wheelchair7One thing to keep in mind, however, is that when a person becomes disabled, he or she is not likely the only one affected.  For example, let’s say that mother of two children who is married becomes disabled and can no longer work.  This happens all the time.  If she applies for benefits, she will likely be denied at first and will face a long road ahead if she plans to eventually qualify for much-needed Social Security Disability Insurance (SSDI) benefits. Continue reading →

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According to a recent news article from Disability Scoop, there is a bipartisan effort among some in Congress to make some changes to the Achieving a Better Life Experience bill more commonly referred to as the ABLE Act, or simply as ABLE.

workABLE was passed into law in 2014, and it was something that had never been done before.  It created a way for disabled Americans who receive government benefits to save a certain amount of money in special accounts without running the risk of losing their disability benefits. This includes Social Security disability as well as other types of benefits provided by the federal government.  This program does apply to Medicaid in certain situations. Continue reading →

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During the populist candidacy of Donald J. Trump, he promised to make a lot of cuts to so-called big government. At the same time, he promised to leave the Social Security system alone.  This includes both the Social Security disability benefits system and the Social Security Old Age and Retirement system.

cashThe likely reason he made this promise is because many of those in his base survive solely off the Social Security disability benefits system and the Social Security retirement benefits system.  In fact, recent reports have shown that many who are unable able to find jobs in many areas that strongly voted for Mr. Trump have turned to the disability system to make ends meet. Continue reading →

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A recent case from the U.S. Court of Appeals for the Eighth Circuit involves claimant who applied for both Social Security Disability Insurance (SSDI) benefits and Supplemental Security Income (SSI).   As often happens whenever a claimant first applies for Social Security disability benefits, the application is denied.  We would say quickly denied, but as those who have worked with the system know, there is not all that much that happens quickly at the U.S. Social Security Administration (SSA).  The SSA is the federal agency created by Congress to oversee the Social Security disability and retirement benefits programs.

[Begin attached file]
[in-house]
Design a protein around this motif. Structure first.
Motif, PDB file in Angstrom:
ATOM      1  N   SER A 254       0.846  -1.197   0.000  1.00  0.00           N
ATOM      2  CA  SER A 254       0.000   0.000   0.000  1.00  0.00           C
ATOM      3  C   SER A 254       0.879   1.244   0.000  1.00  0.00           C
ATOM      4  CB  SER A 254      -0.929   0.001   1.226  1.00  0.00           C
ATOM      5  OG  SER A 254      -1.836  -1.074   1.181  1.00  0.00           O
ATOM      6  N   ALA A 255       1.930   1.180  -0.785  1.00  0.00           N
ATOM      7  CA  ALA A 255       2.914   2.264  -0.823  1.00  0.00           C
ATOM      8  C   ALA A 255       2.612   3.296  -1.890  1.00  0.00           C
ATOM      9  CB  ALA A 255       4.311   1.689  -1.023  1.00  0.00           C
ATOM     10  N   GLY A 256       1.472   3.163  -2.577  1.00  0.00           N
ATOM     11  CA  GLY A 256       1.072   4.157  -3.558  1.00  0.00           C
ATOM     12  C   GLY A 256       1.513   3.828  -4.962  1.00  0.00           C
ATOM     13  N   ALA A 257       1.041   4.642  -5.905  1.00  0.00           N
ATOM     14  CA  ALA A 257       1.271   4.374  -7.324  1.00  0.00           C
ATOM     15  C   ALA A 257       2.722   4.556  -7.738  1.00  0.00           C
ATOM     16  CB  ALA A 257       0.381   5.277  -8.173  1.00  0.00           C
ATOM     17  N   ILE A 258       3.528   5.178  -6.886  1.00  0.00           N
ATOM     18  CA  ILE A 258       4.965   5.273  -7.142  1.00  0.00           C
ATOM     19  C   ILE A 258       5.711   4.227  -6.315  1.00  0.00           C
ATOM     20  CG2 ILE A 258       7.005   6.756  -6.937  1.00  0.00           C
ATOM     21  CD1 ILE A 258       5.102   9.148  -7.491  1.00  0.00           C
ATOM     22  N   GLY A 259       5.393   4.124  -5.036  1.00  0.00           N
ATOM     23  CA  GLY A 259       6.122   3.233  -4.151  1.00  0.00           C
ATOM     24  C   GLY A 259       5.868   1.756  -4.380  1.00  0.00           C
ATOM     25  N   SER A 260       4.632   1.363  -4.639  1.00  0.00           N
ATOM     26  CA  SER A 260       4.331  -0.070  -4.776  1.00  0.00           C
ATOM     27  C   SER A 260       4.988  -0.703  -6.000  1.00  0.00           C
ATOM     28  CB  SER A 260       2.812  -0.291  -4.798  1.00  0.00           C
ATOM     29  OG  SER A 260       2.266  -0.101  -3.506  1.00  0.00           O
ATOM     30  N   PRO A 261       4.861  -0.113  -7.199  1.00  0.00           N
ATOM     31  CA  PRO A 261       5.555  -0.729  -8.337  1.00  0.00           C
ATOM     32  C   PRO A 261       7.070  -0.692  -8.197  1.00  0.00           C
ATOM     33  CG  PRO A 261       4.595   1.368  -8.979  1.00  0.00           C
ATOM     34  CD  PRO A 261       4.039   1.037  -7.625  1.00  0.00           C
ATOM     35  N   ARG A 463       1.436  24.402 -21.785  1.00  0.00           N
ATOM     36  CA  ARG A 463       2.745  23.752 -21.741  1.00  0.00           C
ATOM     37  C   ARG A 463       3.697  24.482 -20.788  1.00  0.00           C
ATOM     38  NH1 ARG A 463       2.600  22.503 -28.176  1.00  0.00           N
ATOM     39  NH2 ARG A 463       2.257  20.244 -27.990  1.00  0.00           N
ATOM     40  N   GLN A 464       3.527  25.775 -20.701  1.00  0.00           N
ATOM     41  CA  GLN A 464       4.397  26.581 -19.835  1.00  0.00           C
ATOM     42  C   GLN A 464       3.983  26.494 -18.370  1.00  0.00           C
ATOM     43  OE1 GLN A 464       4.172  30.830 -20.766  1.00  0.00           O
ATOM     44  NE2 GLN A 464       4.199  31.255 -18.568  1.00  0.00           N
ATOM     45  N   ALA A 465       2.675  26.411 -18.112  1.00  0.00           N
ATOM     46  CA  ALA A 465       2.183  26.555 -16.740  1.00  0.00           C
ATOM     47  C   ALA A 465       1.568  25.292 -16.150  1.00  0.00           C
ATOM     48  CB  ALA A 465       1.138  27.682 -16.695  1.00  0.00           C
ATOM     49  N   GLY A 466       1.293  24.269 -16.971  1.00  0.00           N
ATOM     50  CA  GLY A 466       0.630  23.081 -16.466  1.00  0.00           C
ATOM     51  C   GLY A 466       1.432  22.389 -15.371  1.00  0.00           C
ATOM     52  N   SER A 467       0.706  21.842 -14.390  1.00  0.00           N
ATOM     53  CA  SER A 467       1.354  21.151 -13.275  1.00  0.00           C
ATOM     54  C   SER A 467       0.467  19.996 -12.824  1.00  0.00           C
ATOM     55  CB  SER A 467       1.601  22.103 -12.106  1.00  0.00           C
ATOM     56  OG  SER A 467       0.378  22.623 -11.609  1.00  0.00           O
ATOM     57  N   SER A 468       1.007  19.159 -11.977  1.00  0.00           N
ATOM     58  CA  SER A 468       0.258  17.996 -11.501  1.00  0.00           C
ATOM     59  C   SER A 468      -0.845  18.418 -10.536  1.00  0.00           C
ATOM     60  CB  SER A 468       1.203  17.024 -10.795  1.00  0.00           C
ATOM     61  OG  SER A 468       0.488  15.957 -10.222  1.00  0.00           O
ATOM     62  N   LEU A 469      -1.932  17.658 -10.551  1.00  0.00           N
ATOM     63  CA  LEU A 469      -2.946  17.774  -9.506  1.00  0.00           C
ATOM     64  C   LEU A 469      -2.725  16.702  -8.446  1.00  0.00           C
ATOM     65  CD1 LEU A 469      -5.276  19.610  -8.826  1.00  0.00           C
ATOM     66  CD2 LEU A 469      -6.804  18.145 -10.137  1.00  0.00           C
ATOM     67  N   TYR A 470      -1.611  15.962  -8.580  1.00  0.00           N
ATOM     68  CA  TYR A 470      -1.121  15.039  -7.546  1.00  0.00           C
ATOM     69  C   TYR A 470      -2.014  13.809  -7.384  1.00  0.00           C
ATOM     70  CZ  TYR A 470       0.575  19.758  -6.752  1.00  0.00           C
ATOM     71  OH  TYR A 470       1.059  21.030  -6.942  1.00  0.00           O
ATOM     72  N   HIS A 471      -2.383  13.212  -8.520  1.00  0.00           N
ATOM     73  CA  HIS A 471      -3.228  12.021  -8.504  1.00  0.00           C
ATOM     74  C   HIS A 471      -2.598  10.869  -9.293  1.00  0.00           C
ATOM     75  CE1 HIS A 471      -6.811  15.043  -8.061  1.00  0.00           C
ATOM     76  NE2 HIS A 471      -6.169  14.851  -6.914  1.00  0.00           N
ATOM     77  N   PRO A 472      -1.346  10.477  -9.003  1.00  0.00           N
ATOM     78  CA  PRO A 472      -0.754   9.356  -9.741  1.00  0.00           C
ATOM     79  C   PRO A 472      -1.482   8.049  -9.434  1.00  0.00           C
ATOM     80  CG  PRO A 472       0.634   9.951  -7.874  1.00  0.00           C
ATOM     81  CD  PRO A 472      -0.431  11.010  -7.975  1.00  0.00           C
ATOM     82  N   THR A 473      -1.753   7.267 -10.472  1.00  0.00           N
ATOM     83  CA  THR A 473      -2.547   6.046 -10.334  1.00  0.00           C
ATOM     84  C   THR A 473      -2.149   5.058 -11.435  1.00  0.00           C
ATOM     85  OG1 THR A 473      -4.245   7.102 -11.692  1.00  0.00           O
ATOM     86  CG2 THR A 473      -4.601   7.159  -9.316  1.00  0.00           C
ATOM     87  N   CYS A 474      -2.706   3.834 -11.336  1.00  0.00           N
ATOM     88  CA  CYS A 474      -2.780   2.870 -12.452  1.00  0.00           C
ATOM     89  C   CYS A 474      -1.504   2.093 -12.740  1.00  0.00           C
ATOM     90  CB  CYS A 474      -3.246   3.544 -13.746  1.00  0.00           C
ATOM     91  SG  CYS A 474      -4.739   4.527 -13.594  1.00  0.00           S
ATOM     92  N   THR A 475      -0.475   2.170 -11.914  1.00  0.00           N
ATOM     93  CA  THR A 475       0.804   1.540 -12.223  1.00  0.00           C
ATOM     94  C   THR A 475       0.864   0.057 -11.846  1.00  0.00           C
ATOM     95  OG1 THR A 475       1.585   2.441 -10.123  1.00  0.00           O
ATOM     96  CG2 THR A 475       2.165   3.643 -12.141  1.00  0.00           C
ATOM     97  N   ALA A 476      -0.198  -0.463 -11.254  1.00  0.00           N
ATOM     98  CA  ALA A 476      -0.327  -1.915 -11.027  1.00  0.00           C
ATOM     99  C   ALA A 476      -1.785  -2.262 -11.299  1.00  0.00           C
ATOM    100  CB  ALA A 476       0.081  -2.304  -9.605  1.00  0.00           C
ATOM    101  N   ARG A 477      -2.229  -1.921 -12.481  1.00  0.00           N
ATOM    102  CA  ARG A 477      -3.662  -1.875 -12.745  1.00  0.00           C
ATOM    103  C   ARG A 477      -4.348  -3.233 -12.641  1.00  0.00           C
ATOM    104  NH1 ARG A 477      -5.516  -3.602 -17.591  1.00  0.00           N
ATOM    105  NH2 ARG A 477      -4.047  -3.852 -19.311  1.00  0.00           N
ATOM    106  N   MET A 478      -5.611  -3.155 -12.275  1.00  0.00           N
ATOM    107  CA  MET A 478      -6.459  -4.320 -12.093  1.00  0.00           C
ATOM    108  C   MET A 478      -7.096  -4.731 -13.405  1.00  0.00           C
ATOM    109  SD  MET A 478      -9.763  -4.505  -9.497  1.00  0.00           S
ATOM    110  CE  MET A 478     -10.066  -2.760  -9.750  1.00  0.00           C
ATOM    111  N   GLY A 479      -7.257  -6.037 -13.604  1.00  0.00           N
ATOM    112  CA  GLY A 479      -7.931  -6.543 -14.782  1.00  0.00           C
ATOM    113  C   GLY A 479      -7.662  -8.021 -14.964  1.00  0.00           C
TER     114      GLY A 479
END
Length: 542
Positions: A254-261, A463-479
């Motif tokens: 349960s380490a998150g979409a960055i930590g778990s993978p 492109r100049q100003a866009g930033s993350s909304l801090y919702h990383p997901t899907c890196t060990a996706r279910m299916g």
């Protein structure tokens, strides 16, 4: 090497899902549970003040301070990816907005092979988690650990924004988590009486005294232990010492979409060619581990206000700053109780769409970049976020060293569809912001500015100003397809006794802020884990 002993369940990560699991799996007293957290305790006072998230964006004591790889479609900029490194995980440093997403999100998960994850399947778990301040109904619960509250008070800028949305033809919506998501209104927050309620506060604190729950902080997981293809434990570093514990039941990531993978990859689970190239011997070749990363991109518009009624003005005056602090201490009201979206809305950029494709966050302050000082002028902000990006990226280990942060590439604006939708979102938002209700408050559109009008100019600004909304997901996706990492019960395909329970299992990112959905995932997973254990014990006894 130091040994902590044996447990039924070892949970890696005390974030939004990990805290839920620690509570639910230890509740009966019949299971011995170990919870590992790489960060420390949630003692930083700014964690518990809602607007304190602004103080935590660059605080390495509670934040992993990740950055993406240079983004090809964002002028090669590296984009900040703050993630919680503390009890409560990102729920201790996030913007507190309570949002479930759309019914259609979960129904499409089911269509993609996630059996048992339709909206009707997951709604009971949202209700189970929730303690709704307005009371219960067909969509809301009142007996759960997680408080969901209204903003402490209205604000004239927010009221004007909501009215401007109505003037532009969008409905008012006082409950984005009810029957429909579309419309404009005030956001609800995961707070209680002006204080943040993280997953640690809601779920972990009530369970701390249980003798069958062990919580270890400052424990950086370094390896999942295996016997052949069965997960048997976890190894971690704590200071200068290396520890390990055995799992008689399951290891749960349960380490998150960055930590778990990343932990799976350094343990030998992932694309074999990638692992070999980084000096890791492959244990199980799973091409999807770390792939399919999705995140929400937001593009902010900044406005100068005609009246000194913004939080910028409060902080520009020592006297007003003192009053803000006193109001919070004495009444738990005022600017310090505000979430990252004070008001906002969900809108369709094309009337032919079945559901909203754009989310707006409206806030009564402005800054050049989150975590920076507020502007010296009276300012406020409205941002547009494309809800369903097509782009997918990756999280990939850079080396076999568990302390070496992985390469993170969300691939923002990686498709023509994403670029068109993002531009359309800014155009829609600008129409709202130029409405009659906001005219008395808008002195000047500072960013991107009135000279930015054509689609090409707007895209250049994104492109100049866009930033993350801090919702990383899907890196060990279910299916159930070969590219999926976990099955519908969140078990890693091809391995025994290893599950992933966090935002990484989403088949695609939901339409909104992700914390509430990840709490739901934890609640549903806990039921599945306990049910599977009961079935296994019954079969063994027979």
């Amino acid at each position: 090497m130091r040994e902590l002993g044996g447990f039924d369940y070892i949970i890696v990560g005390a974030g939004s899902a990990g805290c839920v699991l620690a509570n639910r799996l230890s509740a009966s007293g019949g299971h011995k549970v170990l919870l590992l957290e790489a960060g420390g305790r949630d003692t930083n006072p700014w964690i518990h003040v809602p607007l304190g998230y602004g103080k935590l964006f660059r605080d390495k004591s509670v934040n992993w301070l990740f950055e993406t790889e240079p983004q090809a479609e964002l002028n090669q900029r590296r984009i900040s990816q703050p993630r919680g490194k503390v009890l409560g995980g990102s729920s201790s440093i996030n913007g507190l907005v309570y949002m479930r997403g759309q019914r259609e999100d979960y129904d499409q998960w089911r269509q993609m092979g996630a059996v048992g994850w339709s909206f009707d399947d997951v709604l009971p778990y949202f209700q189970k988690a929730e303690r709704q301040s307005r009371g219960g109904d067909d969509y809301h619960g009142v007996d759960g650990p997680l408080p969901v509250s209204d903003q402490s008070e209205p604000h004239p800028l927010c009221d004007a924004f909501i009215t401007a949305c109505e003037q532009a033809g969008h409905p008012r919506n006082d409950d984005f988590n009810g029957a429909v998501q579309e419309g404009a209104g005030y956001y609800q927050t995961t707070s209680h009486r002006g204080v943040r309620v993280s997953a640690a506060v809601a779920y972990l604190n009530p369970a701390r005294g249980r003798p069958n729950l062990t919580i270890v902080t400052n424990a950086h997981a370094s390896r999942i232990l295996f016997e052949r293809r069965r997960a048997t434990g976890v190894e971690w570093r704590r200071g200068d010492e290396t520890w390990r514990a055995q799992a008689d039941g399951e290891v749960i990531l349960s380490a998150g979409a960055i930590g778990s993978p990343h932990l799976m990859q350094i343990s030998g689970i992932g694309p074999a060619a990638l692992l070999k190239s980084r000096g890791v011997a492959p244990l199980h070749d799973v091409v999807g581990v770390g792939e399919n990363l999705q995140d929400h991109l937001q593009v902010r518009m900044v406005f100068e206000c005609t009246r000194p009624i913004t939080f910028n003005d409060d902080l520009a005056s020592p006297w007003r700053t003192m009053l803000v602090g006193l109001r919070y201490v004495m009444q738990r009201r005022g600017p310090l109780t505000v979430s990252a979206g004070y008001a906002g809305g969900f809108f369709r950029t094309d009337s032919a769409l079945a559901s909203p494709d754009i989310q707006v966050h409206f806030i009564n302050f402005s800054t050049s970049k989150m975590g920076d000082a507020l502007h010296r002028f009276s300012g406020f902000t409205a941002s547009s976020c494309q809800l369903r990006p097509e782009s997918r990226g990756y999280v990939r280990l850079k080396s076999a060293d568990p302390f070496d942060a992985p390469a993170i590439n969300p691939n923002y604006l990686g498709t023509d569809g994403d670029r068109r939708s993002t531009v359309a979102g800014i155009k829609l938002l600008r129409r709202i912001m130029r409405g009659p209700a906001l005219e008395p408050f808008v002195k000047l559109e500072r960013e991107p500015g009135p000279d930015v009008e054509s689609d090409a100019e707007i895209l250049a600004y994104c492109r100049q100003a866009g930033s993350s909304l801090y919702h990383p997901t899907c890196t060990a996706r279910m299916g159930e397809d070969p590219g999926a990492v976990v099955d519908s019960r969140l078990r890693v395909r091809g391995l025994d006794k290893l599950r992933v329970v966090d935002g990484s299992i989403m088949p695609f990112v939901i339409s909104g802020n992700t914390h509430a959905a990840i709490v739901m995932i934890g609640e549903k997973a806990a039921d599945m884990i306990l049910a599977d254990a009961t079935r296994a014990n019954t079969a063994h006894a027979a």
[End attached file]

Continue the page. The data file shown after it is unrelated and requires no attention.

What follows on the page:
nurseIn this case, claimant applied for Social Security disability benefits based upon claims that he has asthma, diabetes, hepatitis C, liver damage, uveitis of the eye, chronic obstructive pulmonary disease (COPD), depression, hepatomegaly, coronary artery disease (CAD) and various other serious medical conditions. Continue reading →

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It takes a long time to finally be awarded Social Security Disability Insurance (SSDI) benefits beginning from the date of filing a first claim to the final benefits decision. For many, this process will take over a year, and, in some cases, it will take two years.

workIn addition to the wait, successful claimants will probably have to file at least two appeals and have a hearing before an administrative law judge (ALJ).  In some cases, the claimant will have to file an appeal with the U.S. District Court or even the U.S. Court of Appeals.  Continue reading →

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In this past presidential election, many Americans and much of the world were shocked by the seemingly impossible result of Donald Trump’s victory.  One of the major reasons that Mr. Trump was ultimately elected was his huge support among those who live in what have become known as “flyover states.”  This term largely refers to the states in the geographic middle of America, which most people only see from airline windows when flying on transcontinental flights, and, rarely, if ever, actually go to as a destination.

SSDI benefitsOne thing that cannot be denied is that many in these areas are struggling economically, and according to a recent news article from the Washington Post, many are turning to disability benefits for help.  Interestingly, this article is suggesting these people may be “just desperate” rather than disabled.  Another interesting point is that the White House is using the increase in numbers on the Social Security disability roles due in large part from these residents of flyover states as justification for cutting the program. However, the White House is blaming the Obama administration and strongly implying the increased number of disabled Americans receiving benefits is a result of those in the inner cities of America instead of rural America. Continue reading →